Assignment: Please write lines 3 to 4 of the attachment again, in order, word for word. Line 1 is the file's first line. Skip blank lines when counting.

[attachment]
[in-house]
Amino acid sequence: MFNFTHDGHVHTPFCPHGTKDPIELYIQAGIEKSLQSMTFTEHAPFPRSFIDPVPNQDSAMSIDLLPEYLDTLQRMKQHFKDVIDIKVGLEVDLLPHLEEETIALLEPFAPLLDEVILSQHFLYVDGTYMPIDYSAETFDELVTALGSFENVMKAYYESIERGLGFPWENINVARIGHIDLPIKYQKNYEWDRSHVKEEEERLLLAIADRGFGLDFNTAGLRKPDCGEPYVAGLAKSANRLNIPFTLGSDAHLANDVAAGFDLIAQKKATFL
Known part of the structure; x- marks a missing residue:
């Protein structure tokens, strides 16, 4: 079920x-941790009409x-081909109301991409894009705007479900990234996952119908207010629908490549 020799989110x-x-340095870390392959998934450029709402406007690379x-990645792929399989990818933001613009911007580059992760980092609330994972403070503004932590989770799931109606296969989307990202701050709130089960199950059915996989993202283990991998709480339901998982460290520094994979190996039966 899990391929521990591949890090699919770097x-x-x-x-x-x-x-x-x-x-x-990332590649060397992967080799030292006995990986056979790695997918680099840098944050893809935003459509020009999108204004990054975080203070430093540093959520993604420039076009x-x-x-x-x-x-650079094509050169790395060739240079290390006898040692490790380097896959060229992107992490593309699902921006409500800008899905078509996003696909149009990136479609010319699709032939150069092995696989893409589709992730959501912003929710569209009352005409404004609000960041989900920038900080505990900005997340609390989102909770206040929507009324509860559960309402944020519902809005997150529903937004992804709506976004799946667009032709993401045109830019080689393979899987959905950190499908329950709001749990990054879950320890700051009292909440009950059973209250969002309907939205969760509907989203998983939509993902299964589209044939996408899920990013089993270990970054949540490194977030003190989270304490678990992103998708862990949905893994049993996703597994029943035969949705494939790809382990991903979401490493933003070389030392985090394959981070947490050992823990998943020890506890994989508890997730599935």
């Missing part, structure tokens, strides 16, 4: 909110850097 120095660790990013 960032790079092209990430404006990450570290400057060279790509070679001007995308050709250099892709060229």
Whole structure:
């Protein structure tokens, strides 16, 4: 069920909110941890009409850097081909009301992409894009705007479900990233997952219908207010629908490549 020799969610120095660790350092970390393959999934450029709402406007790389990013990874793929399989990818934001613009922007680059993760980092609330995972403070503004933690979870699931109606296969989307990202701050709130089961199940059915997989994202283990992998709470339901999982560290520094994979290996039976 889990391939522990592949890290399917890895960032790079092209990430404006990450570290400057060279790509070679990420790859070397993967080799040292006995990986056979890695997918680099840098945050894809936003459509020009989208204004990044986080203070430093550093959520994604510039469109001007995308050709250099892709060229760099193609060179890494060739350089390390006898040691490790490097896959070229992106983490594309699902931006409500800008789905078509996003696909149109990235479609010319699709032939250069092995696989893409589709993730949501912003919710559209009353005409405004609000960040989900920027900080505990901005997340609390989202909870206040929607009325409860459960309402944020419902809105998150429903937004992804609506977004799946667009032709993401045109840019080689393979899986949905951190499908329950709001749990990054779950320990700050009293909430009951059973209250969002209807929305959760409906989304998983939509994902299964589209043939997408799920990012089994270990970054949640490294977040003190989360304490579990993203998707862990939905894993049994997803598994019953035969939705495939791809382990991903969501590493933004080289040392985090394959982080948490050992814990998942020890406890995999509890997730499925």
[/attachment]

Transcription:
Known part of the structure; x- marks a missing residue:
């Protein structure tokens, strides 16, 4: 079920x-941790009409x-081909109301991409894009705007479900990234996952119908207010629908490549 020799989110x-x-340095870390392959998934450029709402406007690379x-990645792929399989990818933001613009911007580059992760980092609330994972403070503004932590989770799931109606296969989307990202701050709130089960199950059915996989993202283990991998709480339901998982460290520094994979190996039966 899990391929521990591949890090699919770097x-x-x-x-x-x-x-x-x-x-x-990332590649060397992967080799030292006995990986056979790695997918680099840098944050893809935003459509020009999108204004990054975080203070430093540093959520993604420039076009x-x-x-x-x-x-650079094509050169790395060739240079290390006898040692490790380097896959060229992107992490593309699902921006409500800008899905078509996003696909149009990136479609010319699709032939150069092995696989893409589709992730959501912003929710569209009352005409404004609000960041989900920038900080505990900005997340609390989102909770206040929507009324509860559960309402944020519902809005997150529903937004992804709506976004799946667009032709993401045109830019080689393979899987959905950190499908329950709001749990990054879950320890700051009292909440009950059973209250969002309907939205969760509907989203998983939509993902299964589209044939996408899920990013089993270990970054949540490194977030003190989270304490678990992103998708862990949905893994049993996703597994029943035969949705494939790809382990991903979401490493933003070389030392985090394959981070947490050992823990998943020890506890994989508890997730599935």